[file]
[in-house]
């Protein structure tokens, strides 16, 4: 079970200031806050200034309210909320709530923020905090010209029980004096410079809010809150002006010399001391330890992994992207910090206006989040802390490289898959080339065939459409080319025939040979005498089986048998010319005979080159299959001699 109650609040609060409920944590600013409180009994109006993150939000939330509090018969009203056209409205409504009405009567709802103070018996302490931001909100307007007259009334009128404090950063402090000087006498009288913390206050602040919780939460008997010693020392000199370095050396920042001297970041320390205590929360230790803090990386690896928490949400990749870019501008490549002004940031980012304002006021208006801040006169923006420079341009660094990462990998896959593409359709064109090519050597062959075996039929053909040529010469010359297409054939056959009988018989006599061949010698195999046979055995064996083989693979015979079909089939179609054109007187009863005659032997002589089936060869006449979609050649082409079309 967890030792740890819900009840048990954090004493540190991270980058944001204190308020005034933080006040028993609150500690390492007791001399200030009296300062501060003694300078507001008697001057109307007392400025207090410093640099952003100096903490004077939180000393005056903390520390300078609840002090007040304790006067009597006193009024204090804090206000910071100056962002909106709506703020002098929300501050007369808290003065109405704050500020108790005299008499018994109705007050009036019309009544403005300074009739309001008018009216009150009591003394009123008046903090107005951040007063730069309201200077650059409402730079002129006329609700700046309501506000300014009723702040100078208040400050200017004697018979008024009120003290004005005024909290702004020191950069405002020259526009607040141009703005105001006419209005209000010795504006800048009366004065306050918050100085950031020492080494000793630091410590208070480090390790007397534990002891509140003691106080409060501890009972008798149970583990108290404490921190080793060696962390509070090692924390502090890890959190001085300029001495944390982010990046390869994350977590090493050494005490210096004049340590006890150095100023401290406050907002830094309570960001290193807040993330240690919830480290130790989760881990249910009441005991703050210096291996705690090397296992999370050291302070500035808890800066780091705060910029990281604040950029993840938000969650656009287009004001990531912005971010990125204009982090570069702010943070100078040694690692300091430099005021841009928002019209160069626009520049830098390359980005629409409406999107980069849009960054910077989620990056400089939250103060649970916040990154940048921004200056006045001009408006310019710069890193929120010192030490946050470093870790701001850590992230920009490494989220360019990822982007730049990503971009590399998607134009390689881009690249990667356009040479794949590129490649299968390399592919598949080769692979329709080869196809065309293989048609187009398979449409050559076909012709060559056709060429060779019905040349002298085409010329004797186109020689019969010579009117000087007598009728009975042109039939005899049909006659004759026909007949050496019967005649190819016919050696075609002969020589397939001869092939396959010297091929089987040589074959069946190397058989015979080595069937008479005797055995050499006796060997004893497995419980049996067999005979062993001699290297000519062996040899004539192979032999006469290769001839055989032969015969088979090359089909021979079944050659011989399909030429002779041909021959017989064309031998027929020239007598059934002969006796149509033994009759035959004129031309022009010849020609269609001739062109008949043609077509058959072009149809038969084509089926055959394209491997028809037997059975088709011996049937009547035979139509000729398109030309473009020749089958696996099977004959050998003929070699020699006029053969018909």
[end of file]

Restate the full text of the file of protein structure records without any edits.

[in-house]
């Protein structure tokens, strides 16, 4: 079970200031806050200034309210909320709530923020905090010209029980004096410079809010809150002006010399001391330890992994992207910090206006989040802390490289898959080339065939459409080319025939040979005498089986048998010319005979080159299959001699 109650609040609060409920944590600013409180009994109006993150939000939330509090018969009203056209409205409504009405009567709802103070018996302490931001909100307007007259009334009128404090950063402090000087006498009288913390206050602040919780939460008997010693020392000199370095050396920042001297970041320390205590929360230790803090990386690896928490949400990749870019501008490549002004940031980012304002006021208006801040006169923006420079341009660094990462990998896959593409359709064109090519050597062959075996039929053909040529010469010359297409054939056959009988018989006599061949010698195999046979055995064996083989693979015979079909089939179609054109007187009863005659032997002589089936060869006449979609050649082409079309 967890030792740890819900009840048990954090004493540190991270980058944001204190308020005034933080006040028993609150500690390492007791001399200030009296300062501060003694300078507001008697001057109307007392400025207090410093640099952003100096903490004077939180000393005056903390520390300078609840002090007040304790006067009597006193009024204090804090206000910071100056962002909106709506703020002098929300501050007369808290003065109405704050500020108790005299008499018994109705007050009036019309009544403005300074009739309001008018009216009150009591003394009123008046903090107005951040007063730069309201200077650059409402730079002129006329609700700046309501506000300014009723702040100078208040400050200017004697018979008024009120003290004005005024909290702004020191950069405002020259526009607040141009703005105001006419209005209000010795504006800048009366004065306050918050100085950031020492080494000793630091410590208070480090390790007397534990002891509140003691106080409060501890009972008798149970583990108290404490921190080793060696962390509070090692924390502090890890959190001085300029001495944390982010990046390869994350977590090493050494005490210096004049340590006890150095100023401290406050907002830094309570960001290193807040993330240690919830480290130790989760881990249910009441005991703050210096291996705690090397296992999370050291302070500035808890800066780091705060910029990281604040950029993840938000969650656009287009004001990531912005971010990125204009982090570069702010943070100078040694690692300091430099005021841009928002019209160069626009520049830098390359980005629409409406999107980069849009960054910077989620990056400089939250103060649970916040990154940048921004200056006045001009408006310019710069890193929120010192030490946050470093870790701001850590992230920009490494989220360019990822982007730049990503971009590399998607134009390689881009690249990667356009040479794949590129490649299968390399592919598949080769692979329709080869196809065309293989048609187009398979449409050559076909012709060559056709060429060779019905040349002298085409010329004797186109020689019969010579009117000087007598009728009975042109039939005899049909006659004759026909007949050496019967005649190819016919050696075609002969020589397939001869092939396959010297091929089987040589074959069946190397058989015979080595069937008479005797055995050499006796060997004893497995419980049996067999005979062993001699290297000519062996040899004539192979032999006469290769001839055989032969015969088979090359089909021979079944050659011989399909030429002779041909021959017989064309031998027929020239007598059934002969006796149509033994009759035959004129031309022009010849020609269609001739062109008949043609077509058959072009149809038969084509089926055959394209491997028809037997059975088709011996049937009547035979139509000729398109030309473009020749089958696996099977004959050998003929070699020699006029053969018909």